State v. Comparetto

Annotate this Case

193 N.W.2d 626 (1971)

STATE of Minnesota, Respondent, v. Joseph COMPARETTO, Appellant.

No. 41933.

Supreme Court of Minnesota.

December 23, 1971.

*627 Albert V. Rosenbower, Minneapolis, for appellant.

Warren Spannaus, Atty. Gen., St. Paul, George M. Scott, County Atty., Henry W. McCarr, Jr., and David Roston, Asst. Co. Attys., Minneapolis, for respondent.




Defendant appeals from a conviction in Hennepin County District Court of attempted sodomy.[1] The principal grounds urged for reversal are that the prosecutor's closing argument constituted prejudicial misconduct justifying reversal and that the inculpatory testimony of an accomplice was not corroborated.[2] We affirm.

The trial arose from an incident which occurred in Hennepin County on July 7, 1968. A gang of young men broke into an apartment occupied by three young women, raping and forcing sodomy upon one of the women. The victim singled out defendant at a lineup as one of the individuals who forced the act of sodomy.

At the trial, one of the attackers testified that defendant had committed the act of which he was accused. Defendant sought to prove that the testifying accomplice was lying and that no one else could positively place defendant at the scene of the crime.[3] The jury returned a verdict of guilty of attempted sodomy.

1. Defendant's principal contention on appeal is that the prosecutor's final argument constituted prejudicial misconduct. Of the comments cited by defendant, most are perfectly proper forms of argument. On several occasions, however, the prosecutor made statements which constitute misconduct: He called the jurors by name, referred to the defense attorney as "very well paid," and described a prior rape case wherein the defendant was acquitted.[4] While we do not condone such statements, we conclude that defendant was not prejudiced.

We note that defendant made no objection to the prosecutor's argument either within or without the hearing of the jury.[5] Moreover, the defense attorney, to some extent, precipitated the prosecutor's comments. We base our ruling, however, on the harmlessness of the comments. Not only would the jury put little credence to the statements, but also the natural effect of the statements would be adverse to the person making them. The defense attorney in his summation responded to the arguments now complained about.[6] As a *628 matter of trial strategy he may have thought such a course would be more effective than an objection. Since the remarks were not prejudicial to defendant, they were at most harmless error.[7]

2. Examination of the record reveals the lack of merit in defendant's contention that no evidence corroborates the accomplice's testimony. The victim testified that she thought defendant was one of the attackers, although she was never positive of her identification.[8] The accomplice's wife stated that defendant helped carry into her apartment a stereo stolen from the victim's apartment. Defendant's own explanation was that he was with the testifying accomplice all night except for a brief period when he was asleep in a car. According to defendant, it was during the time that he was asleep that the crime took place. As we indicated in State v. Stave, 280 Minn. 269, 270, 158 N.W.2d 848, 850 (1968):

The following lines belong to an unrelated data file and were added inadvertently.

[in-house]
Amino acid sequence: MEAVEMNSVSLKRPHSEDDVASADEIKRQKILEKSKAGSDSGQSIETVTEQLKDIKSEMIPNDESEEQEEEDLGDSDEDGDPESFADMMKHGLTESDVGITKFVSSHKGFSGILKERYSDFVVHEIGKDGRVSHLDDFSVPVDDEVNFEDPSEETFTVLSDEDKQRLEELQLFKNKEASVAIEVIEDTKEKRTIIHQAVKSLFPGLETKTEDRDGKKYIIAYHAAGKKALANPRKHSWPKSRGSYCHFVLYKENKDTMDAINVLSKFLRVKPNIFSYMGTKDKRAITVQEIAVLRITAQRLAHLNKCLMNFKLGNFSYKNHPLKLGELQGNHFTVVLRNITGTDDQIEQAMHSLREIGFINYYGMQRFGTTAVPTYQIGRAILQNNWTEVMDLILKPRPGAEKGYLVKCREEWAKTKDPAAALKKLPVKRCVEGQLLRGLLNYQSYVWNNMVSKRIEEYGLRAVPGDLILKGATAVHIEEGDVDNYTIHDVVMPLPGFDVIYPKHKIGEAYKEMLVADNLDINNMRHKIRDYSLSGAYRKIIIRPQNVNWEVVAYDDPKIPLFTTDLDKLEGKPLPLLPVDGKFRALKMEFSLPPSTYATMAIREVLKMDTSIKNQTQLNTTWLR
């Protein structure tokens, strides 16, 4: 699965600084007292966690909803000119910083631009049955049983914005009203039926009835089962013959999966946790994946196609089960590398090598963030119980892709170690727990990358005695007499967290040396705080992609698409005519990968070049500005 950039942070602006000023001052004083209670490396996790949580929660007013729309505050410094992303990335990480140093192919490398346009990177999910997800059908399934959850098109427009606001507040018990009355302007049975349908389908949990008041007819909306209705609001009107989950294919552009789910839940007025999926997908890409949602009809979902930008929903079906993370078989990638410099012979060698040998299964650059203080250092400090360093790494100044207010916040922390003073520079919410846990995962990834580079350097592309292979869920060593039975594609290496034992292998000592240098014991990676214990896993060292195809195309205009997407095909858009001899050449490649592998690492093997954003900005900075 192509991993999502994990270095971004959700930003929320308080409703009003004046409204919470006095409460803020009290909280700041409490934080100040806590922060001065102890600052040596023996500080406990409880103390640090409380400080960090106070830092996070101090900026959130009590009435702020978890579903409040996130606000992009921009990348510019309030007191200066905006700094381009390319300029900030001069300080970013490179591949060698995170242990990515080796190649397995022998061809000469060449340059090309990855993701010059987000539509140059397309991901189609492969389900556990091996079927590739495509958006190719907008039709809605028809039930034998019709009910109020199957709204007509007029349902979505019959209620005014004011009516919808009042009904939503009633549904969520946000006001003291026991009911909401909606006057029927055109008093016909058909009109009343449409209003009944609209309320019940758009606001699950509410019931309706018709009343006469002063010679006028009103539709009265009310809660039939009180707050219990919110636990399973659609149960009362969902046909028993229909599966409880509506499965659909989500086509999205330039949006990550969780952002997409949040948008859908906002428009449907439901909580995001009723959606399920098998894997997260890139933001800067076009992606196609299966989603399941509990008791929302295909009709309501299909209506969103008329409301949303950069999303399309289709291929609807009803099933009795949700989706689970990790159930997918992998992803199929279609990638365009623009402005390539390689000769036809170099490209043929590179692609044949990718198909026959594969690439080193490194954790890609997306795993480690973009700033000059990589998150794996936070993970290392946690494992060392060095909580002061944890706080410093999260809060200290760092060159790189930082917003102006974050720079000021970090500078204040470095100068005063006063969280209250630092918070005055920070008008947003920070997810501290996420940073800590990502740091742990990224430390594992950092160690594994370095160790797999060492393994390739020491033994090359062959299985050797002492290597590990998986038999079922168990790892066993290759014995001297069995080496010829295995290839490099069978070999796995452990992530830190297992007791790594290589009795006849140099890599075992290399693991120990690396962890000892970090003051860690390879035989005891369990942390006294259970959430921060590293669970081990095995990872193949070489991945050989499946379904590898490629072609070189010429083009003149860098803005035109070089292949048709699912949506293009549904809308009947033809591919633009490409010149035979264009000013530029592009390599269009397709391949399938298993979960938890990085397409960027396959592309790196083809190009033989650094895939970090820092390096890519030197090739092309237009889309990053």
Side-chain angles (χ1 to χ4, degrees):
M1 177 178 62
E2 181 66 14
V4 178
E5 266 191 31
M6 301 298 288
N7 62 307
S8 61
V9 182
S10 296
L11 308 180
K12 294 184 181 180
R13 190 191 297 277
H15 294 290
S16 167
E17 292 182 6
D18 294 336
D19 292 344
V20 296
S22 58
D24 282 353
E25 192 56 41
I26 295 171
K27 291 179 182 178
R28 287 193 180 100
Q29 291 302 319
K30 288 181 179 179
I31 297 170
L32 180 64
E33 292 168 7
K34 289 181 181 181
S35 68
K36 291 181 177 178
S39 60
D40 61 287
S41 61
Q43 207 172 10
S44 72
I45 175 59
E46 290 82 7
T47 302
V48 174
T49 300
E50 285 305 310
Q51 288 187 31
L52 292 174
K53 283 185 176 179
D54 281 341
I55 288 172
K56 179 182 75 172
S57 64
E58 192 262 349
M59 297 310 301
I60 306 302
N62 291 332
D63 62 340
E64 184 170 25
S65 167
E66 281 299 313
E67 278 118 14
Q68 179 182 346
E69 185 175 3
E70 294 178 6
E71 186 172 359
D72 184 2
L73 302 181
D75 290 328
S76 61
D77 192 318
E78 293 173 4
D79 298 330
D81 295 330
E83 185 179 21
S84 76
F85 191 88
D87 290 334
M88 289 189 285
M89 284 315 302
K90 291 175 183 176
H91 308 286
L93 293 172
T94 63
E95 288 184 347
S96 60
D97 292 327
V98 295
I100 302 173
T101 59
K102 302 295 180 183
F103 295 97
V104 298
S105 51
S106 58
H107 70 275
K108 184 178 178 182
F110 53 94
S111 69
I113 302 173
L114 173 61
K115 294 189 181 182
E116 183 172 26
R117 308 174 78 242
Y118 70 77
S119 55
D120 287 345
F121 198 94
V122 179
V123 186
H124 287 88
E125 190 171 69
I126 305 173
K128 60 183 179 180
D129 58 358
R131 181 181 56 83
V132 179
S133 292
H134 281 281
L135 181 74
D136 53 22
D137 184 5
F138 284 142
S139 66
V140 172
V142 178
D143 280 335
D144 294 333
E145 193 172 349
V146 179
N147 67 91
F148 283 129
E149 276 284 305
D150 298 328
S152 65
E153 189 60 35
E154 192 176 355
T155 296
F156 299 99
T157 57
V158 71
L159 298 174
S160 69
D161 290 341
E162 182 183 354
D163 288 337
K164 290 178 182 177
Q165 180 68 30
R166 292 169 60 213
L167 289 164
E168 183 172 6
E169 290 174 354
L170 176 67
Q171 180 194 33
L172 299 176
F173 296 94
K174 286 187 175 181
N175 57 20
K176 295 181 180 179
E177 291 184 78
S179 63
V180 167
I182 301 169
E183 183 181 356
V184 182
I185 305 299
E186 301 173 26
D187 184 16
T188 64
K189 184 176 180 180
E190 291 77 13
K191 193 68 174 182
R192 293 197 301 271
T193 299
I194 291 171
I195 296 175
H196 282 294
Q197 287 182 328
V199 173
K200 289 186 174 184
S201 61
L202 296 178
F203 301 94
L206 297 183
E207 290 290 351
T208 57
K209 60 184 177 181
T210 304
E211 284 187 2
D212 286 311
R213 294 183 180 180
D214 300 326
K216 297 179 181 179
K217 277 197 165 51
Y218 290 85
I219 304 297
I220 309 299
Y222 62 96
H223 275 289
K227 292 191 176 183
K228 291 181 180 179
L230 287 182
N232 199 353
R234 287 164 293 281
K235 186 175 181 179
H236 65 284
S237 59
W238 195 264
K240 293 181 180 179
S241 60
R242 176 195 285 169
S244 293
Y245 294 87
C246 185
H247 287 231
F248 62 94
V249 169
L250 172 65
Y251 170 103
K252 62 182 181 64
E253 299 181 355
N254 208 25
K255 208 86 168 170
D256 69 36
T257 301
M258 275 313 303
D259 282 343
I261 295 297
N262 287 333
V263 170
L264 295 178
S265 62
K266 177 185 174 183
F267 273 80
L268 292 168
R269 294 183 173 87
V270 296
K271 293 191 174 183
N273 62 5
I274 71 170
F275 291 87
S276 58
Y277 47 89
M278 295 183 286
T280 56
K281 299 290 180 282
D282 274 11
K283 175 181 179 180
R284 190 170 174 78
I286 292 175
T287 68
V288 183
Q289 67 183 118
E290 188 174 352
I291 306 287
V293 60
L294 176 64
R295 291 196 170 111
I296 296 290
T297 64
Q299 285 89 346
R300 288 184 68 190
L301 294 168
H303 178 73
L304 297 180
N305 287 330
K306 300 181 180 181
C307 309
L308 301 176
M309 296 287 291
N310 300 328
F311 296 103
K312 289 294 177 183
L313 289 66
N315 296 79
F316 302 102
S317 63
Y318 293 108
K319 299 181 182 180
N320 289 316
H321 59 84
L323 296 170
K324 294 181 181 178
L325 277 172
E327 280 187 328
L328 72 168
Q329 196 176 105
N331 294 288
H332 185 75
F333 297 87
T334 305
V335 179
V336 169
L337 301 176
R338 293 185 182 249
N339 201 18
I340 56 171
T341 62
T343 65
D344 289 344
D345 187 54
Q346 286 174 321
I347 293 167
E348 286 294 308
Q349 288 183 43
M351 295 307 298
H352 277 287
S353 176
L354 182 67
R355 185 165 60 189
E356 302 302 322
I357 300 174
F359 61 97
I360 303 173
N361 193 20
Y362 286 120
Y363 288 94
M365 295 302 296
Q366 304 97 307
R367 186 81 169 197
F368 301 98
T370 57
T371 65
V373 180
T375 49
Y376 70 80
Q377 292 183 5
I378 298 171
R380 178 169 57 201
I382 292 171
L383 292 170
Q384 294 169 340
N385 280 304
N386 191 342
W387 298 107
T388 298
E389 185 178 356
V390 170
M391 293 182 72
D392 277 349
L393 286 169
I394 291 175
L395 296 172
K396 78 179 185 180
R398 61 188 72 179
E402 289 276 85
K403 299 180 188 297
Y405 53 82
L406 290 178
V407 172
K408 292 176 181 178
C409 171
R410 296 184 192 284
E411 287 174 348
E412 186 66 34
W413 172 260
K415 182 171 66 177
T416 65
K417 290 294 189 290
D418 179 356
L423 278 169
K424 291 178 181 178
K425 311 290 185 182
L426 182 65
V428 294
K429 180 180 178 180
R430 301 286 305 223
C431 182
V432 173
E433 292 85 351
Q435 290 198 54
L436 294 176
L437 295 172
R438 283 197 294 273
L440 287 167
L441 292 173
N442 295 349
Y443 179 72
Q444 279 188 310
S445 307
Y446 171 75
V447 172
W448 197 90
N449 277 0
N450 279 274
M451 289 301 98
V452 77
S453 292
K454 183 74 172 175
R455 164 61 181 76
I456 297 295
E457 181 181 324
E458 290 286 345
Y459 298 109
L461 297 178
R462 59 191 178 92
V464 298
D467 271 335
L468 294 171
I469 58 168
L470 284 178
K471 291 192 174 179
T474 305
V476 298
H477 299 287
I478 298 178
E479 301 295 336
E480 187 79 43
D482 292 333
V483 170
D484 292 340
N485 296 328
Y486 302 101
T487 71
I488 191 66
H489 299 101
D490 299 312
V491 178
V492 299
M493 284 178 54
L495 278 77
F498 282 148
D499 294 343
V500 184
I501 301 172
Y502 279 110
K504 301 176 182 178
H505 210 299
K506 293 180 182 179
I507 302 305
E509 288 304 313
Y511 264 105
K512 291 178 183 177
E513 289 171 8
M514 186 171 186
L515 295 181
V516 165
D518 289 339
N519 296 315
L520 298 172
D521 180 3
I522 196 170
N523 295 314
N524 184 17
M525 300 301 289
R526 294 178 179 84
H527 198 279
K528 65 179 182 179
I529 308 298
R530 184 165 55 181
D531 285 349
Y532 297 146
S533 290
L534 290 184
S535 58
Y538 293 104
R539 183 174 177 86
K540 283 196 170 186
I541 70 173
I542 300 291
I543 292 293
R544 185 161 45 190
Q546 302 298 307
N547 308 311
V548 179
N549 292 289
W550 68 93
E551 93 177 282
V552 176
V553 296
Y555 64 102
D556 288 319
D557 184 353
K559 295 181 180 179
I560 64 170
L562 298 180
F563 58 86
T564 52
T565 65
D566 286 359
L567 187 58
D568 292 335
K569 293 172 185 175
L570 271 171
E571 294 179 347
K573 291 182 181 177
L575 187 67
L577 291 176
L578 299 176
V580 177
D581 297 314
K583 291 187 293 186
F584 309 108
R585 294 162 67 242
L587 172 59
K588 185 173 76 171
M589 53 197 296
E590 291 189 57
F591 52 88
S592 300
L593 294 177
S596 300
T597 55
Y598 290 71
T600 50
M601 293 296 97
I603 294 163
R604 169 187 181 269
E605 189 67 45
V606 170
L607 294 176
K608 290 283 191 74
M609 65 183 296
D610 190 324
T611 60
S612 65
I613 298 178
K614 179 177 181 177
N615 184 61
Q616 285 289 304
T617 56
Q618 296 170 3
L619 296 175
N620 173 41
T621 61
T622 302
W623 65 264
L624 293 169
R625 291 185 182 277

"* * * [C]orroboration need not be of sufficient weight to establish a prima facie case for conviction. Circumstantial evidence which clearly supports defendant's implication in the crime may be enough. The defendant's presence in the vicinity of the offense, in company with accomplices and under suspicious circumstances, will constitute adequate corroboration."[9]

Where evidence of corroboration exists, its weight and credibility is for the jury to consider.[10]

Defendant in his brief raises several other issues which are totally without merit. After a careful review of the transcript, we are convinced that evidence supports the jury's determination of guilt. The conviction is therefore affirmed.



[1] Minn.St. 609.17, 609.293.

[2] Minn.St. 634.04 requires corroboration of the testimony of an accomplice to sustain a conviction.

[3] Proving this would be an impossible task if a new trial were to be granted since at the time of imposition of sentence defendant admitted he didn't tell the truth at the trial and that he was in fact present when the crime took place.

[4] See, generally, A.B.A. Code of Professional Responsibility, Disciplinary Rule DR 7-106(C); Ethical Considerations EC 7-24, EC 7-25.

[5] See, State v. Cook, 212 Minn. 495, 499, 4 N.W.2d 323, 325 (1942).

[6] See, State v. Pankratz, 238 Minn. 517, 57 N.W.2d 635 (1953).

[7] See, Boland v. Morrill, 270 Minn. 86, 100, 132 N.W.2d 711, 720 (1965), where we stated that the "primary consideration is prejudice."

[8] "Identification testimony need not be positive and certain; it is enough for a witness to testify that it is his opinion, belief, impression, or judgment that the defendant is the person he saw commit the crime." State v. Senske, Minn., 190 N.W.2d 658, 660 (1971). The indefiniteness and uncertainty affect the weight rather than the admissibility of the testimony. Ibid.

[9] See, also, State v. Mathiasen, 267 Minn. 393, 127 N.W.2d 534 (1964); State v. Sorg, 275 Minn. 1, 144 N.W.2d 783 (1966).

[10] State v. Rasmussen, 241 Minn. 310, 63 N.W.2d 1 (1954).